In January I visited a dentist to get new dentures. I had my previous dentures for 8 years, so I was overdue for a new set. The dentist took impressions and did a wax bite. I did two wax try-ins and both were loose. The dentist dismissed my complaint and said the try-in was for me to see how the denture looks and that I shouldn’t worry about them feeling loose.
Now I have my new dentures. The upper arch won’t stay in. There is no suction. Now the excuse from my dentist is that my gums need time to adjust. What am I supposed to believe—are my gums going to grow or swell to make the denture fit? I went back to the office two weeks ago for a follow-up appointment. My dentist and I discussed the issue. Five times he took the denture off, ground on it, put it back in and voila—there is no change. He told me to use denture adhesive and come back in a month for relining. I’m not paying for a relining of a denture that is way too large to keep in my mouth. What am I supposed to do about this guy and getting my money back? – Gianna D.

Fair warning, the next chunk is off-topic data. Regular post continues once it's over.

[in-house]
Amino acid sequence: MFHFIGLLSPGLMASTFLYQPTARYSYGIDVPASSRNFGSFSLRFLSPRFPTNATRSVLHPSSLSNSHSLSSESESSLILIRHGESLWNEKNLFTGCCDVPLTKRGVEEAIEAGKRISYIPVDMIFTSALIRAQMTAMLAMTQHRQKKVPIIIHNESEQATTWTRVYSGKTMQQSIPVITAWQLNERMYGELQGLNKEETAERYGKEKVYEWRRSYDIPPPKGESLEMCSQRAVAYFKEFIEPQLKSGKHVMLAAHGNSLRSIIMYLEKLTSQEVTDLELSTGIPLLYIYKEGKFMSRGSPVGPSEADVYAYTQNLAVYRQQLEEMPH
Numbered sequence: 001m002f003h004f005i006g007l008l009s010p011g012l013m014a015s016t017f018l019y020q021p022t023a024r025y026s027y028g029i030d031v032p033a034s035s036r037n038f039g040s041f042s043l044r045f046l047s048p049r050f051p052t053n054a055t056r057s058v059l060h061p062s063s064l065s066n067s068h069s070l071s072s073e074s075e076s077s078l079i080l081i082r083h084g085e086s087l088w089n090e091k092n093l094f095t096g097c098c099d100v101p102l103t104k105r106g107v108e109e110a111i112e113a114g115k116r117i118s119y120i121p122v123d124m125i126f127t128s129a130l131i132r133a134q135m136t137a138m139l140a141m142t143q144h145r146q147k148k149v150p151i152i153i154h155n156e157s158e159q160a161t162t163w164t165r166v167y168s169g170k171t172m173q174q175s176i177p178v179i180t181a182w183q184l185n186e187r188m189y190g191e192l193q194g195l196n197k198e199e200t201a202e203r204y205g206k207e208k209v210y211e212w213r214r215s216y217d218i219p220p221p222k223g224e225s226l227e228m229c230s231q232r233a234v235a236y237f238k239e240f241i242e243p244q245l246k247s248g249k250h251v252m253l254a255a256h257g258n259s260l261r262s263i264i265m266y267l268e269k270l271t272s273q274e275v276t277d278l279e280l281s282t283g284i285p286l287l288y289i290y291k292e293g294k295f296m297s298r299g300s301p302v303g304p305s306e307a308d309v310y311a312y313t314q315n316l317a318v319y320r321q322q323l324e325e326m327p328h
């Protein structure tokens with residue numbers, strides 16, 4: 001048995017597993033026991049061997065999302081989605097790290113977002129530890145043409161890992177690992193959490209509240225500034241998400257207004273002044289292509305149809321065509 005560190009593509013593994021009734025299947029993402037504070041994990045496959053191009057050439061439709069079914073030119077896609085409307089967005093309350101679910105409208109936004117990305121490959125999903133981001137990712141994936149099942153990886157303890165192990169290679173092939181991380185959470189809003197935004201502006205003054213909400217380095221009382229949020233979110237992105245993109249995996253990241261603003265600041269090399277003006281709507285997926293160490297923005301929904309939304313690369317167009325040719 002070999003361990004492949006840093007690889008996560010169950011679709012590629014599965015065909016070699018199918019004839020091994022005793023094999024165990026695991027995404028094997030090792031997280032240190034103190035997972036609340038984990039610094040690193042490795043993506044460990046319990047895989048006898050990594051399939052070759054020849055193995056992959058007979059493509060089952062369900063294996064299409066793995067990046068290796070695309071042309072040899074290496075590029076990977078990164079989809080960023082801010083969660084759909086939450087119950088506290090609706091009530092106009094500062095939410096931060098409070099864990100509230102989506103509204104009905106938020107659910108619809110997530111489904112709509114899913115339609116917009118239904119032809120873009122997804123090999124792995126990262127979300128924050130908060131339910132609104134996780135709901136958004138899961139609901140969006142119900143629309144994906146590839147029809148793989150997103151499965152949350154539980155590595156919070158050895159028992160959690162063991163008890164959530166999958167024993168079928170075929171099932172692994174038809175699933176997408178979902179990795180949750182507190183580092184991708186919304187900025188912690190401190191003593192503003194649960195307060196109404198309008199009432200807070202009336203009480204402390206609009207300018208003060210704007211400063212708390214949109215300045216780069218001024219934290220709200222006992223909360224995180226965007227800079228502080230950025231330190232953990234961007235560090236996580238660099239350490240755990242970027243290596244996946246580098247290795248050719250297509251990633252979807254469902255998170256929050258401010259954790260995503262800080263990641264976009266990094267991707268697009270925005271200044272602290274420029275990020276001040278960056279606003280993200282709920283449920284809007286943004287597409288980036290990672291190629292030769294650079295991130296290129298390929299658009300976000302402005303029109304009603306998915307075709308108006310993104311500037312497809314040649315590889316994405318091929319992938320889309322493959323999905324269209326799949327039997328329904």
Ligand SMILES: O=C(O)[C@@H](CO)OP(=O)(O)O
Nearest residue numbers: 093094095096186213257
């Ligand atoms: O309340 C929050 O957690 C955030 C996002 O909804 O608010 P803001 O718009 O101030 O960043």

Although your dentist’s techniques seem a little crude, relining the denture might be the answer.
If you’ve told us everything about how your denture was made, your dentist skipped some steps.
Two-Step Impressions for Dentures
- Take a preliminary impression of your jaw
- Use the model to make a custom tray
- Use the custom tray to make a mold and use a heavier impression material to register the edges of your gums and ensure the denture fits well. This process—border molding—registers what will become the denture borders. The border of the denture makes or breaks suction to keep the denture in place.
- A wash, or lighter material, fills the interior of the impression to capture tiny details and give you a denture that stays in place.
What About a Denture Reline?
When your dentist relines your denture, he will likely use the denture as a mold for a custom tray. He should get an impression that’s more accurate than the first one. You can ask him to use a two-step impression for a fit that prevents your denture from falling out.
If you’re uncomfortable about letting your dentist reline your denture, you can get a second opinion first.
David Finley, DDS of Monroe, LA sponsors this post.